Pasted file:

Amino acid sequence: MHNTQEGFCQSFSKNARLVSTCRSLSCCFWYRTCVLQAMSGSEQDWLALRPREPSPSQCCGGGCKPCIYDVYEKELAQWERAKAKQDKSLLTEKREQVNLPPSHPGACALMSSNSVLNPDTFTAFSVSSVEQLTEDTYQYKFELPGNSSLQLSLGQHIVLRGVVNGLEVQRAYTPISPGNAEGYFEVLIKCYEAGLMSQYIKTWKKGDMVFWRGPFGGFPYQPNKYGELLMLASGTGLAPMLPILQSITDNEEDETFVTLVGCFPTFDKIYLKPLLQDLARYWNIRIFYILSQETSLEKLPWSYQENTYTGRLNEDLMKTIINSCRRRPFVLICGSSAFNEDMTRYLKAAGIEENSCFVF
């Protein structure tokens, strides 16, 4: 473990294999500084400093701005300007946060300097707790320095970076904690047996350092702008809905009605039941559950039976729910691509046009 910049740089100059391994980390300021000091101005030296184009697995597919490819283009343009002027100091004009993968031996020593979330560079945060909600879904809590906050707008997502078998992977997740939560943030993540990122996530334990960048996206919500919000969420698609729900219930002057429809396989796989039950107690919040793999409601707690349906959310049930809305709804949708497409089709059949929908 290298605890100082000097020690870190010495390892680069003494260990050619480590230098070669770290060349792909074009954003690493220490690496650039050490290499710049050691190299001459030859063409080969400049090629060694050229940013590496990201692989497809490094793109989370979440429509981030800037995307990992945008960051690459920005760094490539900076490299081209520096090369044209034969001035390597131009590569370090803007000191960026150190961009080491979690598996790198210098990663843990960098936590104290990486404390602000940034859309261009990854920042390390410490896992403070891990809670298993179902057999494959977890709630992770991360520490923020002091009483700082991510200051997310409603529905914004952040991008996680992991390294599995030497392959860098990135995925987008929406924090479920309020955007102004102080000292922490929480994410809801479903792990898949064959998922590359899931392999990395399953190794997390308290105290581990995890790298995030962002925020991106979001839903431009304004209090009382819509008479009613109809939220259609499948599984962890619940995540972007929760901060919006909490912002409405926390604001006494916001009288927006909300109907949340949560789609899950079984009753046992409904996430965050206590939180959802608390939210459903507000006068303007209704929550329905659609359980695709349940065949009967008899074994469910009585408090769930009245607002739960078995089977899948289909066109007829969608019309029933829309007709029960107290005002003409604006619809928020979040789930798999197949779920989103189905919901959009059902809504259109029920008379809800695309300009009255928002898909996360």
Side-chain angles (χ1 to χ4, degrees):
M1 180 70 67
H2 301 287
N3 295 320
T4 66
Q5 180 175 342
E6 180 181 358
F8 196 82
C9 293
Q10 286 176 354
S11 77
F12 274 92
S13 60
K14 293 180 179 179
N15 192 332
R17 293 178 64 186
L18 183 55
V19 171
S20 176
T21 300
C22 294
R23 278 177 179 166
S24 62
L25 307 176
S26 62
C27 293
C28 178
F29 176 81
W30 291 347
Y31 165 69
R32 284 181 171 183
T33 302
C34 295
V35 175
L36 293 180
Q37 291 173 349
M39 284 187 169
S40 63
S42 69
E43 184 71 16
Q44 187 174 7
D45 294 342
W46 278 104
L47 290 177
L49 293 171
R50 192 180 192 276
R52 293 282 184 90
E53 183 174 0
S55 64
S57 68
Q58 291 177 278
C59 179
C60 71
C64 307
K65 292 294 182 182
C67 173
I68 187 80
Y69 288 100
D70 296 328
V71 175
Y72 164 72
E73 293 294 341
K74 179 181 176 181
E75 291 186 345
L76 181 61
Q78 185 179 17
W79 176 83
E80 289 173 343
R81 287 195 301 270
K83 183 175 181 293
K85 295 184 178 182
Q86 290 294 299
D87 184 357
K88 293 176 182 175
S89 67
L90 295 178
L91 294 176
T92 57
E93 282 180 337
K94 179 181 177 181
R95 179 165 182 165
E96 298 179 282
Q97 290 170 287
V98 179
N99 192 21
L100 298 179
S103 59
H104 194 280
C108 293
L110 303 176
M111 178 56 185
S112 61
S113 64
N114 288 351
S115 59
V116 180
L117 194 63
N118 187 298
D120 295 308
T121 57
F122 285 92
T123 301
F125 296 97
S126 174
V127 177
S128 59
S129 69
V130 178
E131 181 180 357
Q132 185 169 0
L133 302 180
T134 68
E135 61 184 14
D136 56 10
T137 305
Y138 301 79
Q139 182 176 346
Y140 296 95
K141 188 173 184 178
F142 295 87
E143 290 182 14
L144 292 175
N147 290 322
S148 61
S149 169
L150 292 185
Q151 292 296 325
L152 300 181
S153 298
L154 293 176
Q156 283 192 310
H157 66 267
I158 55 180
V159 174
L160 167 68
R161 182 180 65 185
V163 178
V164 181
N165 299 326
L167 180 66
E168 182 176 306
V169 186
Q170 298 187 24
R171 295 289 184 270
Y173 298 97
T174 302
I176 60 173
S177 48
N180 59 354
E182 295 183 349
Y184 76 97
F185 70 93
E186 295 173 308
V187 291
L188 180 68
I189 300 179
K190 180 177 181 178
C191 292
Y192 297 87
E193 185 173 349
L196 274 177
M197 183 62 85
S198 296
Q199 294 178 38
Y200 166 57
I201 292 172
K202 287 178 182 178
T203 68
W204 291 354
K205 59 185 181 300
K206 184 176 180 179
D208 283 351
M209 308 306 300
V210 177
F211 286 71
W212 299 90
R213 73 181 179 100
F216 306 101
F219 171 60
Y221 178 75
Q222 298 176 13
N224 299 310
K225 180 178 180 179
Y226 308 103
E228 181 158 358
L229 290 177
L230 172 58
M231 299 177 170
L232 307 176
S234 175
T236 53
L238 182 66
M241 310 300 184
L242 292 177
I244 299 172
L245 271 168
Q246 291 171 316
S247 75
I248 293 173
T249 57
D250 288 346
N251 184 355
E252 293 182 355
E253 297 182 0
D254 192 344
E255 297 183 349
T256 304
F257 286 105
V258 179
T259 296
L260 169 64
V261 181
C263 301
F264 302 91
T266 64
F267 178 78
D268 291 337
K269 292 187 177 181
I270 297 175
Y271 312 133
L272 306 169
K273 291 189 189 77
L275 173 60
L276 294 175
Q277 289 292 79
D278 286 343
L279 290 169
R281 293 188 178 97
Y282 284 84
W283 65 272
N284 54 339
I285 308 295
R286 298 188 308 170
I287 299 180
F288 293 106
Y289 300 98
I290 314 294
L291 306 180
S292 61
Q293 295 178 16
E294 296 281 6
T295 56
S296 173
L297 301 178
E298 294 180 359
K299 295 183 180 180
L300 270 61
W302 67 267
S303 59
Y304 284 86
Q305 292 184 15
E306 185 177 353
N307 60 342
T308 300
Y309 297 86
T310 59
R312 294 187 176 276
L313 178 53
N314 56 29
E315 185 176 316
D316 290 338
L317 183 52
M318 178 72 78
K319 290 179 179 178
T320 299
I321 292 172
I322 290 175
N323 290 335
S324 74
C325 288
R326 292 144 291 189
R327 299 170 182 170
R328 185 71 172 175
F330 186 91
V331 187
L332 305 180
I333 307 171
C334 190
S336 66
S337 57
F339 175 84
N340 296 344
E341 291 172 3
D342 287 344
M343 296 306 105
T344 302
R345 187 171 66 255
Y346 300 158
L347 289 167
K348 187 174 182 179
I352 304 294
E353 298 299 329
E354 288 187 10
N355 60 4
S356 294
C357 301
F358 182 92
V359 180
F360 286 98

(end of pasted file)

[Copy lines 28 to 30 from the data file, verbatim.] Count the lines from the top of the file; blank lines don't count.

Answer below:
C27 293
C28 178
F29 176 81